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3 Tech Trends That Will Transform the Internet

NEW YORK: In 2018 alone, internet users spent a collective 2.8 million years online. And over 33 percent of that time was spent on social media platforms like Facebook or Twitter.

These websites have become some of the most valuable companies in the world. And that's all thanks to the data they extract from their users. Included in today's commentary Alphabet Inc. (NASDAQ GOOGL), Facebook, Inc. (NASDAQ FB), Microsoft Corporation (NASDAQ MSFT), Thomson Reuters Corporation (NYSE TRI), The Walt Disney Company (NYSE DIS)

While it doesn't seem like an exciting market at first glance, data is reshaping the world as we know it. In fact, data is quickly becoming a commodity more valuable than gold, silver, and even crude oil.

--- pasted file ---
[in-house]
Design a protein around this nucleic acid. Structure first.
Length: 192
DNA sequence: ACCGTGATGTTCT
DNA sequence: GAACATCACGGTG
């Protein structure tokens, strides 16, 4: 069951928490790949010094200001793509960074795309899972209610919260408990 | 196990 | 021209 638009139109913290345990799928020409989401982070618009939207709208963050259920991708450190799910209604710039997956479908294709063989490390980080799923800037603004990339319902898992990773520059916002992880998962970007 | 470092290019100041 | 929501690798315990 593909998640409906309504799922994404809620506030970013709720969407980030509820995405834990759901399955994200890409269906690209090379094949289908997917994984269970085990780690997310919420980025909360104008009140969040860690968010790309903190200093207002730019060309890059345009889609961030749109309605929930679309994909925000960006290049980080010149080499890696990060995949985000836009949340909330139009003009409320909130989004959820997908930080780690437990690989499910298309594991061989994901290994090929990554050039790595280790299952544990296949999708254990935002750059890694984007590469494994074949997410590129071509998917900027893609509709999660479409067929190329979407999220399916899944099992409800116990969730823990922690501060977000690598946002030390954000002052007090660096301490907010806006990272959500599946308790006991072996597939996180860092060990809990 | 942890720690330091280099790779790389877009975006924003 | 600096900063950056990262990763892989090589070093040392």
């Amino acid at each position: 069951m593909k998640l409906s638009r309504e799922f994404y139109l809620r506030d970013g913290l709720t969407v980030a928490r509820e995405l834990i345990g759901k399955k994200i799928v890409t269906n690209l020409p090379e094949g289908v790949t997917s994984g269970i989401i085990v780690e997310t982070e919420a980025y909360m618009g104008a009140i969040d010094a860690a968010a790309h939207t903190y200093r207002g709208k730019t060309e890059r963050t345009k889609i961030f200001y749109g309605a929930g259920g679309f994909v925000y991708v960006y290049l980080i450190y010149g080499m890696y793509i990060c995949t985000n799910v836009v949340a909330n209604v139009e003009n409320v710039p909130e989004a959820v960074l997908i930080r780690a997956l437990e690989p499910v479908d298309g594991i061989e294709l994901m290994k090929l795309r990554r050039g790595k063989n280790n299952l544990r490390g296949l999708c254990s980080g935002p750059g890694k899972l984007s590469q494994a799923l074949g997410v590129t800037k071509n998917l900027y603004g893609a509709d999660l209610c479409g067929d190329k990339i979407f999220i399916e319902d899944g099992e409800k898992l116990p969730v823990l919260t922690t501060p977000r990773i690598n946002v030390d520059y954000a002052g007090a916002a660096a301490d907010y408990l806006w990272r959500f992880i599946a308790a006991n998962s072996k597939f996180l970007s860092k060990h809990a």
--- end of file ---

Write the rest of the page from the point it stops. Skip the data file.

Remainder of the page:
Lou Schwartz, a pioneer of internet streaming and CEO of Frankly Media (TLK, FRNKF) notes, the digital world is undergoing an evolution of sorts, where the old way of doing things just isn't cutting it any longer. And he's got a point. As the market for data continues to grow, it's becoming a vital part of every industry from advertising to urban planning and beyond.

Consider this The revenue of the global digital advertising market is estimated by some to reach nearly $665 billion by 2026. In the U.S. alone, this is a $100 billion market... and 80% of it is in hands of tech giants Google and Facebook.

It is a market ripe for innovation and disruption, and one that savvy investors should be following closely as the fourth industrial revolution speeds up.

Here are 3 three trends to watch as the next great digital revolution takes place.

1. The Evolution Of Media